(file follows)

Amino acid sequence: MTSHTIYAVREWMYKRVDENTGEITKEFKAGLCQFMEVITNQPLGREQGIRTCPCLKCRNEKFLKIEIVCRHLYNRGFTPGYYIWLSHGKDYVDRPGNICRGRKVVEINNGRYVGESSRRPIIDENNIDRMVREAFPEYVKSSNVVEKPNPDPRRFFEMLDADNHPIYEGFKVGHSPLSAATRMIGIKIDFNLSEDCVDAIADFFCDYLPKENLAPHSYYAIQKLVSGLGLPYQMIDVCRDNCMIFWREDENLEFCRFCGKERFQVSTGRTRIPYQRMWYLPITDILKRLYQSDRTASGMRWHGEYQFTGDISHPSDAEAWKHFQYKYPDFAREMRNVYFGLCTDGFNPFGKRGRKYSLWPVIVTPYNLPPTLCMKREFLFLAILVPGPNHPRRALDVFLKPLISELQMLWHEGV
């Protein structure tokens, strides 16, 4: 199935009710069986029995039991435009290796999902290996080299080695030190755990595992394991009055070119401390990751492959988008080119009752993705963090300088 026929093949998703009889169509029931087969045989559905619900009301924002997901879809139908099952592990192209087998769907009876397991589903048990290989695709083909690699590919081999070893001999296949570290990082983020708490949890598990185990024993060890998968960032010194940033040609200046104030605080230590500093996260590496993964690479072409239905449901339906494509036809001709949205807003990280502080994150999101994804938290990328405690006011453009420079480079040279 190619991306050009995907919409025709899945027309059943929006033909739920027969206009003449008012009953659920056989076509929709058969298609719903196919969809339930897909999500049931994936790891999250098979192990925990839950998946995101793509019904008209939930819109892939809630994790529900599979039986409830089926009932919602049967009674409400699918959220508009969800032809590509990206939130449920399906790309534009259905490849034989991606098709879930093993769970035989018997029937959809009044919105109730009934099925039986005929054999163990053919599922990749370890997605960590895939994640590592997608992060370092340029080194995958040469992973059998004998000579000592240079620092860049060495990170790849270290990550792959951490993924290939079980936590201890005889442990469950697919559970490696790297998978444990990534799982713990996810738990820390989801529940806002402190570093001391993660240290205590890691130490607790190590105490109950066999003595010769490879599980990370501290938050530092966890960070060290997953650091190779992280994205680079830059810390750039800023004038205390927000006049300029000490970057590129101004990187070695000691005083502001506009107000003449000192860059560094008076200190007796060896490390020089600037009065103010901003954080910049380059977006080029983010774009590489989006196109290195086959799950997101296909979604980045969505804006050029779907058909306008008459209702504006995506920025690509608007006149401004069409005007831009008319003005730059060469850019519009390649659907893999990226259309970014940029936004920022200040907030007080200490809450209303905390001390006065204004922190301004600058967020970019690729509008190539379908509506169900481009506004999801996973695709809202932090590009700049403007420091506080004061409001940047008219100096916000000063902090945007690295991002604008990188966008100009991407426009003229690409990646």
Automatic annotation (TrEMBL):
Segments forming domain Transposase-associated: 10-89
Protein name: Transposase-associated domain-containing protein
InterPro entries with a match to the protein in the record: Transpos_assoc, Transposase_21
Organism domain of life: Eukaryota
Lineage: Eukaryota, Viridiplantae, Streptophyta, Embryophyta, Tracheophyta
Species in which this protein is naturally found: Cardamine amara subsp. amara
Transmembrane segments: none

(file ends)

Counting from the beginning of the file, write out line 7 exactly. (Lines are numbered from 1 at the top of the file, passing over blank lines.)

Organism domain of life: Eukaryota